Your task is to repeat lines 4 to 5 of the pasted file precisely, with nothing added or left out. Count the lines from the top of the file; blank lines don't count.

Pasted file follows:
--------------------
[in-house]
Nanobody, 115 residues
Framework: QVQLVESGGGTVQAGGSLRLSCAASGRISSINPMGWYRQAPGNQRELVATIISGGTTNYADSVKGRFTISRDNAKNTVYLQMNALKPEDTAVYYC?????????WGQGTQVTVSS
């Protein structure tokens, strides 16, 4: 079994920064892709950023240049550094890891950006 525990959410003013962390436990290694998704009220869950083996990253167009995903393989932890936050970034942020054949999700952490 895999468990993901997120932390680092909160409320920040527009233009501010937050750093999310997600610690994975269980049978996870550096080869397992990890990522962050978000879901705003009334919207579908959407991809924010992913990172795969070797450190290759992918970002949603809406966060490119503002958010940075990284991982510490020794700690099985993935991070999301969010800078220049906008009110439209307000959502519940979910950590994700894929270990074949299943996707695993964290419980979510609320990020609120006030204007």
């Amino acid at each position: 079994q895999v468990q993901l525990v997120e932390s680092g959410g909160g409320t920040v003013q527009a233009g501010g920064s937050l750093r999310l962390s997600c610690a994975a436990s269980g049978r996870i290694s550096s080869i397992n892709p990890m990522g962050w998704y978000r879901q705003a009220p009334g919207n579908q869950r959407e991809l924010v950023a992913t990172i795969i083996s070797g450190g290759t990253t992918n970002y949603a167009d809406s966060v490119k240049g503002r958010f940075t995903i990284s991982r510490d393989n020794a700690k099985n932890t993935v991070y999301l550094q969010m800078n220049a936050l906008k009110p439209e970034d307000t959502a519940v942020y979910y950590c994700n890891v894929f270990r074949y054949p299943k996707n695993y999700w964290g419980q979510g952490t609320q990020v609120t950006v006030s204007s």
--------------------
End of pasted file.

């Protein structure tokens, strides 16, 4: 079994920064892709950023240049550094890891950006 525990959410003013962390436990290694998704009220869950083996990253167009995903393989932890936050970034942020054949999700952490 895999468990993901997120932390680092909160409320920040527009233009501010937050750093999310997600610690994975269980049978996870550096080869397992990890990522962050978000879901705003009334919207579908959407991809924010992913990172795969070797450190290759992918970002949603809406966060490119503002958010940075990284991982510490020794700690099985993935991070999301969010800078220049906008009110439209307000959502519940979910950590994700894929270990074949299943996707695993964290419980979510609320990020609120006030204007």
């Amino acid at each position: 079994q895999v468990q993901l525990v997120e932390s680092g959410g909160g409320t920040v003013q527009a233009g501010g920064s937050l750093r999310l962390s997600c610690a994975a436990s269980g049978r996870i290694s550096s080869i397992n892709p990890m990522g962050w998704y978000r879901q705003a009220p009334g919207n579908q869950r959407e991809l924010v950023a992913t990172i795969i083996s070797g450190g290759t990253t992918n970002y949603a167009d809406s966060v490119k240049g503002r958010f940075t995903i990284s991982r510490d393989n020794a700690k099985n932890t993935v991070y999301l550094q969010m800078n220049a936050l906008k009110p439209e970034d307000t959502a519940v942020y979910y950590c994700n890891v894929f270990r074949y054949p299943k996707n695993y999700w964290g419980q979510g952490t609320q990020v609120t950006v006030s204007s």